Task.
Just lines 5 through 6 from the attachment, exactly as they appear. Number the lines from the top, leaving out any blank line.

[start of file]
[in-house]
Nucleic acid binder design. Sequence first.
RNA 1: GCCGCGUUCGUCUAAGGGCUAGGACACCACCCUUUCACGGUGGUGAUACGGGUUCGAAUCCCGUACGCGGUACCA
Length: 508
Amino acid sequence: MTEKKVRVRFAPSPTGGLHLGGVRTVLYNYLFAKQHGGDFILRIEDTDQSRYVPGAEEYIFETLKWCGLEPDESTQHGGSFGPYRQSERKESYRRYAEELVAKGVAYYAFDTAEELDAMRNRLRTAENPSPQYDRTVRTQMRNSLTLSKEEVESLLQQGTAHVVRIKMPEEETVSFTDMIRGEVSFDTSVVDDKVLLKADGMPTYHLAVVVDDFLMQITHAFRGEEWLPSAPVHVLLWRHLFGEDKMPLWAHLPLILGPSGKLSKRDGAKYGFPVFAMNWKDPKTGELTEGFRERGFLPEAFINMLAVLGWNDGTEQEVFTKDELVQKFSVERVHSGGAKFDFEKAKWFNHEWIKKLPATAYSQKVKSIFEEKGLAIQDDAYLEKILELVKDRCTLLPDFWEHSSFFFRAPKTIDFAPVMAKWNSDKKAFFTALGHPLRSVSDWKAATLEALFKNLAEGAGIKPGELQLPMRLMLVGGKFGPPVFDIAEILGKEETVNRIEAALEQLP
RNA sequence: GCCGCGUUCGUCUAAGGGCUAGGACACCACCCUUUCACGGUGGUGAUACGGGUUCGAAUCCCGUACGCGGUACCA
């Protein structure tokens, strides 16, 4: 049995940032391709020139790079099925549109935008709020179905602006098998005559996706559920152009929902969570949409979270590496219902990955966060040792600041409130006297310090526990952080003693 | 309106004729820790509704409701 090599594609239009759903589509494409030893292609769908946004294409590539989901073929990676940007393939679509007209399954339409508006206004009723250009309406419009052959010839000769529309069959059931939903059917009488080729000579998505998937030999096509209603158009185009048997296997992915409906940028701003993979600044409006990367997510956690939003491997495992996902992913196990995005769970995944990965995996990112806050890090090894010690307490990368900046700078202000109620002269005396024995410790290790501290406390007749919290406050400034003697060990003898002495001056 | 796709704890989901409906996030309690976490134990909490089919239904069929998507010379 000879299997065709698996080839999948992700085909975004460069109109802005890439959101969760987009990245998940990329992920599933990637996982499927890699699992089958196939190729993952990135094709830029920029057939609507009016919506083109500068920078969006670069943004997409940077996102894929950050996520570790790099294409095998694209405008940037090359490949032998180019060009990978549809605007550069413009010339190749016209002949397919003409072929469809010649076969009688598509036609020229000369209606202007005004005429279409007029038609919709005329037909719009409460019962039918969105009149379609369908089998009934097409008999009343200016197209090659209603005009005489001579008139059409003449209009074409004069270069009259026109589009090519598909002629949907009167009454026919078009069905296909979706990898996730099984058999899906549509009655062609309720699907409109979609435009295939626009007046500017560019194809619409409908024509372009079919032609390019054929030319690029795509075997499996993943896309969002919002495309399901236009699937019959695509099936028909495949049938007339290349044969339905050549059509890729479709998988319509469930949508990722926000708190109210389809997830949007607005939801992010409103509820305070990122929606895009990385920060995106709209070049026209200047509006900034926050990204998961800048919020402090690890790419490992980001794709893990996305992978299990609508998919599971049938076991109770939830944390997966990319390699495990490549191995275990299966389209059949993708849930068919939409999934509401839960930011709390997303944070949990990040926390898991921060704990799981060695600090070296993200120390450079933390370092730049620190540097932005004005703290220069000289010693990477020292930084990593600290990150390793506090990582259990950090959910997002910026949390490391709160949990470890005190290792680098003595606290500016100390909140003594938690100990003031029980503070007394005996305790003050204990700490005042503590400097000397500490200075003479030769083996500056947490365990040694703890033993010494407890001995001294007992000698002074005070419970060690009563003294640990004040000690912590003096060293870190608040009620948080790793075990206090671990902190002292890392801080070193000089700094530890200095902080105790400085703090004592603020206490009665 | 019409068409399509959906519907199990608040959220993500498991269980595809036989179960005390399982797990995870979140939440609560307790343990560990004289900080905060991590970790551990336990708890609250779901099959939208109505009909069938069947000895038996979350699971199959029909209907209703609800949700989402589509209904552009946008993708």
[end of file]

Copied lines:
Amino acid sequence: MTEKKVRVRFAPSPTGGLHLGGVRTVLYNYLFAKQHGGDFILRIEDTDQSRYVPGAEEYIFETLKWCGLEPDESTQHGGSFGPYRQSERKESYRRYAEELVAKGVAYYAFDTAEELDAMRNRLRTAENPSPQYDRTVRTQMRNSLTLSKEEVESLLQQGTAHVVRIKMPEEETVSFTDMIRGEVSFDTSVVDDKVLLKADGMPTYHLAVVVDDFLMQITHAFRGEEWLPSAPVHVLLWRHLFGEDKMPLWAHLPLILGPSGKLSKRDGAKYGFPVFAMNWKDPKTGELTEGFRERGFLPEAFINMLAVLGWNDGTEQEVFTKDELVQKFSVERVHSGGAKFDFEKAKWFNHEWIKKLPATAYSQKVKSIFEEKGLAIQDDAYLEKILELVKDRCTLLPDFWEHSSFFFRAPKTIDFAPVMAKWNSDKKAFFTALGHPLRSVSDWKAATLEALFKNLAEGAGIKPGELQLPMRLMLVGGKFGPPVFDIAEILGKEETVNRIEAALEQLP
RNA sequence: GCCGCGUUCGUCUAAGGGCUAGGACACCACCCUUUCACGGUGGUGAUACGGGUUCGAAUCCCGUACGCGGUACCA